||Asean Affairs 24 June 2013
Myanmar’s Press Freedom Reforms: Why Slower could be Better
Myanmar’s Union Parliament is poised to vote on at least two major press freedom bills before the end of June 2013. Some components of the draft laws are welcomed, but the drafting process is not. Parliament should seize the opportunity this month to deliberately and inclusively assess these bills, even if it results in a slower reform process.
The first major piece of legislation to be introduced in Parliament in the coming weeks is the Printing and Publishing Enterprise Law. The original draft, written by the Ministry of Information (MOI), maintained the censorship mechanisms of its harsh 1962 predecessor. Domestic and international media groups strongly condemned the original version of the bill when MOI first introduced it to Parliament in March. The criticism prompted MOI to revise the bill in consultation with the Myanmar Press Council, a 28-member body of journalists and 10 government-appointed representatives.
Parliament will also vote this month on a draft Public Service Media (PSM) bill, which MOI also drafted without public input. While the United Nations Educational, Scientific, and Cultural Organization, and other international groups welcome the decision to transform Myanmar’s state media into a public service outlet, editors and journalists in the country have raised concerns about the bill’s implications for editorial independence. According to the bill, 70 percent of PSM funding will come from public funds and the remainder from commercial activities. It also calls for the creation of a 15-member administrative team appointed by the president and Parliament to oversee the transformation process. As elected officials, Myanmar lawmakers should take these concerns seriously.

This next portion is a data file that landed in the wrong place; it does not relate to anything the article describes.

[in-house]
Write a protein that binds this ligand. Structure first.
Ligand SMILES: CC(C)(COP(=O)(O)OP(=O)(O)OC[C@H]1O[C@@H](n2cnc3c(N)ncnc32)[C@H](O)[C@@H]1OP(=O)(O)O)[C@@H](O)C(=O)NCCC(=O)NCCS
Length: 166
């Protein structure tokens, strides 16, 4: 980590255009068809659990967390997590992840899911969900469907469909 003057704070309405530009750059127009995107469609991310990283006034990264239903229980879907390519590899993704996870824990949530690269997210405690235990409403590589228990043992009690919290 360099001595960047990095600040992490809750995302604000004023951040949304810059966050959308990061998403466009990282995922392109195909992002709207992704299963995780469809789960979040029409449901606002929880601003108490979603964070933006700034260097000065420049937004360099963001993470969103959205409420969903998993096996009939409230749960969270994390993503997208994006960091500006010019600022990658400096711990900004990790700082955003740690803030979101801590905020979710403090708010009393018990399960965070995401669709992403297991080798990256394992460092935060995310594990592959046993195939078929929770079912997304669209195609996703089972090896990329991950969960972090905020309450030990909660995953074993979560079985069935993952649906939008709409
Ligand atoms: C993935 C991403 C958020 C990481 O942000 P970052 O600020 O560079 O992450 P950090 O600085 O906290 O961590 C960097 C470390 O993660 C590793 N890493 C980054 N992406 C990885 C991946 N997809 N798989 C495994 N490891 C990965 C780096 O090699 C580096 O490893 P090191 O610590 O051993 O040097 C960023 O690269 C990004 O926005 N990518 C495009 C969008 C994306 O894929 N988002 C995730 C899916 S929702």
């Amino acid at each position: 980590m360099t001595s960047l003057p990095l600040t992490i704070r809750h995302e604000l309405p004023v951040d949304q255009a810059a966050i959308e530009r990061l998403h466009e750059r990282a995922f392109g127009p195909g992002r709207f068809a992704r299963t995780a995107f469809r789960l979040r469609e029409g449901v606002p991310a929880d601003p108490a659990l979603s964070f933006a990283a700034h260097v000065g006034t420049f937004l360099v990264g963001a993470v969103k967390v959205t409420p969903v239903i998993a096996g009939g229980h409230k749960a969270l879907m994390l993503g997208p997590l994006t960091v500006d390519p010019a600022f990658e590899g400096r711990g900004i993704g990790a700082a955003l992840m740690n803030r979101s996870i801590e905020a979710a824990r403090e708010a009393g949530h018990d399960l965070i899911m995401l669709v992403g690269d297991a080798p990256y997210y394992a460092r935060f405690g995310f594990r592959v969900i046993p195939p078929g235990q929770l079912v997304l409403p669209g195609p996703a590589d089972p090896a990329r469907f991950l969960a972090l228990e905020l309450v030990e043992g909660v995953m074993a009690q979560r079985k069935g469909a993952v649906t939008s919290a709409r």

A third bill, the Press Law Bill, which the Myanmar Press Council introduced in February to outline industry standards and safeguard journalistic freedom, still waits in the wings. While the legislation does roll back some troublesome regulations, it still bans criticism of state institutions and falls below international press freedom standards. Like many of Myanmar’s reforms, these three press freedom bills represent President Thein Sein’s desire to do a lot very quickly. The repeated drafting of press laws without transparent consultation with civil society or media groups in order to move them quickly through the legislative pipeline is disconcerting. The need for comprehensive reforms cannot come at the expense of legislative quality. Myanmar risks ‘ticking the boxes’ rather than creating a genuinely free and professional media landscape.
With the Printing and Publishing Enterprise and PSM bills slated for votes soon, the Union Parliament has an opportunity to get it right. Lawmakers should consult with the country’s editors, journalists, and other media personnel to ensure press legislation is inclusive, progressive, and meets international standards. Debate and discussion will inevitably delay, or even suspend, their passage, but will help establish norms of transparency and inclusiveness. In creating a legal environment that enshrines press freedom and a legislative process that honors the democratic process, slower may be better for Myanmar.
Courtesy: This post originally appeared on the Center for Strategic and International Studies, Washington D.C. cogitASIA blog